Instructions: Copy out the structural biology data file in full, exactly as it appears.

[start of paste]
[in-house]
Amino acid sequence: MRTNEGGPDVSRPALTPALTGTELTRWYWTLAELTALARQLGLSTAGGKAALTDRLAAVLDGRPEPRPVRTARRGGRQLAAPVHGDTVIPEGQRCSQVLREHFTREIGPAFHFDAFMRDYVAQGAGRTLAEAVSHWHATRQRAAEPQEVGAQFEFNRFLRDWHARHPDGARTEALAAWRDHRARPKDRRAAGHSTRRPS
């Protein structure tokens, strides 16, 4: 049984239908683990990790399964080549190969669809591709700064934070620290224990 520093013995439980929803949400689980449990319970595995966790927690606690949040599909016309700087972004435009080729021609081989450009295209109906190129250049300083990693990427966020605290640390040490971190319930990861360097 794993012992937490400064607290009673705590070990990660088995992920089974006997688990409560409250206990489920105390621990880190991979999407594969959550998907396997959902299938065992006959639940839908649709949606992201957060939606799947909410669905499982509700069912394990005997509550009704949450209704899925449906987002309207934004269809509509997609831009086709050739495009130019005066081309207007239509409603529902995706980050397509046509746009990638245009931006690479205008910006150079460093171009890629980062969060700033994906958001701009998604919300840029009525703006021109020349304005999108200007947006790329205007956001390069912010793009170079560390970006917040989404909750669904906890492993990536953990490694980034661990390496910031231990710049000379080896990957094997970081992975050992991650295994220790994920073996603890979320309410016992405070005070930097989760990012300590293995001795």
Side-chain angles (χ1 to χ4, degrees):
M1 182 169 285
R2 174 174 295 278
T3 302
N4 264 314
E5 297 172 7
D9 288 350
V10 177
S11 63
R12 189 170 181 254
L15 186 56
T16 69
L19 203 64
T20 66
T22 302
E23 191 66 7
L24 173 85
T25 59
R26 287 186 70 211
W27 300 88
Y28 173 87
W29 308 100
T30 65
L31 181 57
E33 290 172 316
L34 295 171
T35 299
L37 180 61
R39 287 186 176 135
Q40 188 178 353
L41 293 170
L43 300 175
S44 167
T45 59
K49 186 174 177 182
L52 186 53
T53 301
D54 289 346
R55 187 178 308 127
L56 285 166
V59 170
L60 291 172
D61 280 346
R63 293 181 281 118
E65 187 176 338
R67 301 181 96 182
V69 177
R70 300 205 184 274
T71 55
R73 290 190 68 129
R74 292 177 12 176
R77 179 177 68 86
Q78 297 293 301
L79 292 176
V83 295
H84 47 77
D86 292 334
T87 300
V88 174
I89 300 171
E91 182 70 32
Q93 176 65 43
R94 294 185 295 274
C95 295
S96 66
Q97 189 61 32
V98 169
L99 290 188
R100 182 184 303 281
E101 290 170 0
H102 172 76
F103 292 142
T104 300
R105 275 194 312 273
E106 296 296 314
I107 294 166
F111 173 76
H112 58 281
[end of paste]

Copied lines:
[in-house]
Amino acid sequence: MRTNEGGPDVSRPALTPALTGTELTRWYWTLAELTALARQLGLSTAGGKAALTDRLAAVLDGRPEPRPVRTARRGGRQLAAPVHGDTVIPEGQRCSQVLREHFTREIGPAFHFDAFMRDYVAQGAGRTLAEAVSHWHATRQRAAEPQEVGAQFEFNRFLRDWHARHPDGARTEALAAWRDHRARPKDRRAAGHSTRRPS
């Protein structure tokens, strides 16, 4: 049984239908683990990790399964080549190969669809591709700064934070620290224990 520093013995439980929803949400689980449990319970595995966790927690606690949040599909016309700087972004435009080729021609081989450009295209109906190129250049300083990693990427966020605290640390040490971190319930990861360097 794993012992937490400064607290009673705590070990990660088995992920089974006997688990409560409250206990489920105390621990880190991979999407594969959550998907396997959902299938065992006959639940839908649709949606992201957060939606799947909410669905499982509700069912394990005997509550009704949450209704899925449906987002309207934004269809509509997609831009086709050739495009130019005066081309207007239509409603529902995706980050397509046509746009990638245009931006690479205008910006150079460093171009890629980062969060700033994906958001701009998604919300840029009525703006021109020349304005999108200007947006790329205007956001390069912010793009170079560390970006917040989404909750669904906890492993990536953990490694980034661990390496910031231990710049000379080896990957094997970081992975050992991650295994220790994920073996603890979320309410016992405070005070930097989760990012300590293995001795």
Side-chain angles (χ1 to χ4, degrees):
M1 182 169 285
R2 174 174 295 278
T3 302
N4 264 314
E5 297 172 7
D9 288 350
V10 177
S11 63
R12 189 170 181 254
L15 186 56
T16 69
L19 203 64
T20 66
T22 302
E23 191 66 7
L24 173 85
T25 59
R26 287 186 70 211
W27 300 88
Y28 173 87
W29 308 100
T30 65
L31 181 57
E33 290 172 316
L34 295 171
T35 299
L37 180 61
R39 287 186 176 135
Q40 188 178 353
L41 293 170
L43 300 175
S44 167
T45 59
K49 186 174 177 182
L52 186 53
T53 301
D54 289 346
R55 187 178 308 127
L56 285 166
V59 170
L60 291 172
D61 280 346
R63 293 181 281 118
E65 187 176 338
R67 301 181 96 182
V69 177
R70 300 205 184 274
T71 55
R73 290 190 68 129
R74 292 177 12 176
R77 179 177 68 86
Q78 297 293 301
L79 292 176
V83 295
H84 47 77
D86 292 334
T87 300
V88 174
I89 300 171
E91 182 70 32
Q93 176 65 43
R94 294 185 295 274
C95 295
S96 66
Q97 189 61 32
V98 169
L99 290 188
R100 182 184 303 281
E101 290 170 0
H102 172 76
F103 292 142
T104 300
R105 275 194 312 273
E106 296 296 314
I107 294 166
F111 173 76
H112 58 281